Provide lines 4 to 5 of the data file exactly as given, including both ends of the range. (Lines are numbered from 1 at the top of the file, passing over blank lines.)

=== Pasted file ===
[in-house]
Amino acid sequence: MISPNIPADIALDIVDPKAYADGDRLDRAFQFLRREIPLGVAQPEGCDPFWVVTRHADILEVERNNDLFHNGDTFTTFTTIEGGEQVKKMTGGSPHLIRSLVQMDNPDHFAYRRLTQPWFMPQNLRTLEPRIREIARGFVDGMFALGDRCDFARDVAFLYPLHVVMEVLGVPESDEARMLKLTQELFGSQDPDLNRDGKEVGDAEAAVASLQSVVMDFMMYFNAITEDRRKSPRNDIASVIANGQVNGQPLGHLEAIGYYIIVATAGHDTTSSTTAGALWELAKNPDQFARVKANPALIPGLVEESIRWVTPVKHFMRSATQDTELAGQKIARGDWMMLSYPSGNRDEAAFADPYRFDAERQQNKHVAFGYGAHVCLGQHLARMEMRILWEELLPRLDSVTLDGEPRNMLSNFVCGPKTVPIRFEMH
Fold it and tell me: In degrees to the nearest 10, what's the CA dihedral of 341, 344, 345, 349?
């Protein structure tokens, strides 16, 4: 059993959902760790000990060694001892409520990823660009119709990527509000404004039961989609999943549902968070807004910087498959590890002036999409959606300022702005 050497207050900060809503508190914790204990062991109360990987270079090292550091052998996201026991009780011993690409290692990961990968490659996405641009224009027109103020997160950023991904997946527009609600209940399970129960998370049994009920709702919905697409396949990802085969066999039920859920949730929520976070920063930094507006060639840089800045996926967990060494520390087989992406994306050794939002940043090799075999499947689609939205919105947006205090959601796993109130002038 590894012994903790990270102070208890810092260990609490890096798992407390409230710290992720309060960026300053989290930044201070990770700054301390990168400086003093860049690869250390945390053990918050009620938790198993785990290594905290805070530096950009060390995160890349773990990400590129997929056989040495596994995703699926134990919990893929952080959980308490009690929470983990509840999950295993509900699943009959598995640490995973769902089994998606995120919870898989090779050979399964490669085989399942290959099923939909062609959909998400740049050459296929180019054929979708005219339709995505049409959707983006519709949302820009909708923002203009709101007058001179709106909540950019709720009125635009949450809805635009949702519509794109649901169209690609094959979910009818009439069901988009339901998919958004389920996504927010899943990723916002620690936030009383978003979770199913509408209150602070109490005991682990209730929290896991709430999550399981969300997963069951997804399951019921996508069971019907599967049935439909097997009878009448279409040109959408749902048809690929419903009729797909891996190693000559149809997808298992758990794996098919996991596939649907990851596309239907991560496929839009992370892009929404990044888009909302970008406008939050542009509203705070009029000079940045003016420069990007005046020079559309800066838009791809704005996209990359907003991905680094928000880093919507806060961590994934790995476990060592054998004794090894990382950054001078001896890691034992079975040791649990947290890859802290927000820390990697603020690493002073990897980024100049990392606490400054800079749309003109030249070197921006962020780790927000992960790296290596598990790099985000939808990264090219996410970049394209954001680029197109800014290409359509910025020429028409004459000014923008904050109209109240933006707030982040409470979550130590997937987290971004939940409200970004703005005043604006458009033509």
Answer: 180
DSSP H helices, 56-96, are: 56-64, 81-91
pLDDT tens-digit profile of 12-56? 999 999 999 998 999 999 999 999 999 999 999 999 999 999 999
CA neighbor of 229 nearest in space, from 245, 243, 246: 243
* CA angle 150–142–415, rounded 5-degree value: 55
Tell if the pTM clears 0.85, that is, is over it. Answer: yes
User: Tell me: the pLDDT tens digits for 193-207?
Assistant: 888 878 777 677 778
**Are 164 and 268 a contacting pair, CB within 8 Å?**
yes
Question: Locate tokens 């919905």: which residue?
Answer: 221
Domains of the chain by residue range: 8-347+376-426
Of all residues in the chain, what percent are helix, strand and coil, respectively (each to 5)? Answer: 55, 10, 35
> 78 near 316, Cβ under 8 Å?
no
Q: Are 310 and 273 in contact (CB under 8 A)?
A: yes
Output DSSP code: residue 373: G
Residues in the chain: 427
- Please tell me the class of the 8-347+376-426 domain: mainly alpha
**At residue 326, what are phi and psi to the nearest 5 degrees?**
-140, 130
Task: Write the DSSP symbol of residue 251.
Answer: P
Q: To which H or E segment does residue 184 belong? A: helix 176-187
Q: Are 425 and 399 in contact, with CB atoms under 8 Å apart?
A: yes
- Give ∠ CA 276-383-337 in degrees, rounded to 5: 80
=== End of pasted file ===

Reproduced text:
């Protein structure tokens, strides 16, 4: 059993959902760790000990060694001892409520990823660009119709990527509000404004039961989609999943549902968070807004910087498959590890002036999409959606300022702005 050497207050900060809503508190914790204990062991109360990987270079090292550091052998996201026991009780011993690409290692990961990968490659996405641009224009027109103020997160950023991904997946527009609600209940399970129960998370049994009920709702919905697409396949990802085969066999039920859920949730929520976070920063930094507006060639840089800045996926967990060494520390087989992406994306050794939002940043090799075999499947689609939205919105947006205090959601796993109130002038 590894012994903790990270102070208890810092260990609490890096798992407390409230710290992720309060960026300053989290930044201070990770700054301390990168400086003093860049690869250390945390053990918050009620938790198993785990290594905290805070530096950009060390995160890349773990990400590129997929056989040495596994995703699926134990919990893929952080959980308490009690929470983990509840999950295993509900699943009959598995640490995973769902089994998606995120919870898989090779050979399964490669085989399942290959099923939909062609959909998400740049050459296929180019054929979708005219339709995505049409959707983006519709949302820009909708923002203009709101007058001179709106909540950019709720009125635009949450809805635009949702519509794109649901169209690609094959979910009818009439069901988009339901998919958004389920996504927010899943990723916002620690936030009383978003979770199913509408209150602070109490005991682990209730929290896991709430999550399981969300997963069951997804399951019921996508069971019907599967049935439909097997009878009448279409040109959408749902048809690929419903009729797909891996190693000559149809997808298992758990794996098919996991596939649907990851596309239907991560496929839009992370892009929404990044888009909302970008406008939050542009509203705070009029000079940045003016420069990007005046020079559309800066838009791809704005996209990359907003991905680094928000880093919507806060961590994934790995476990060592054998004794090894990382950054001078001896890691034992079975040791649990947290890859802290927000820390990697603020690493002073990897980024100049990392606490400054800079749309003109030249070197921006962020780790927000992960790296290596598990790099985000939808990264090219996410970049394209954001680029197109800014290409359509910025020429028409004459000014923008904050109209109240933006707030982040409470979550130590997937987290971004939940409200970004703005005043604006458009033509």
Answer: 180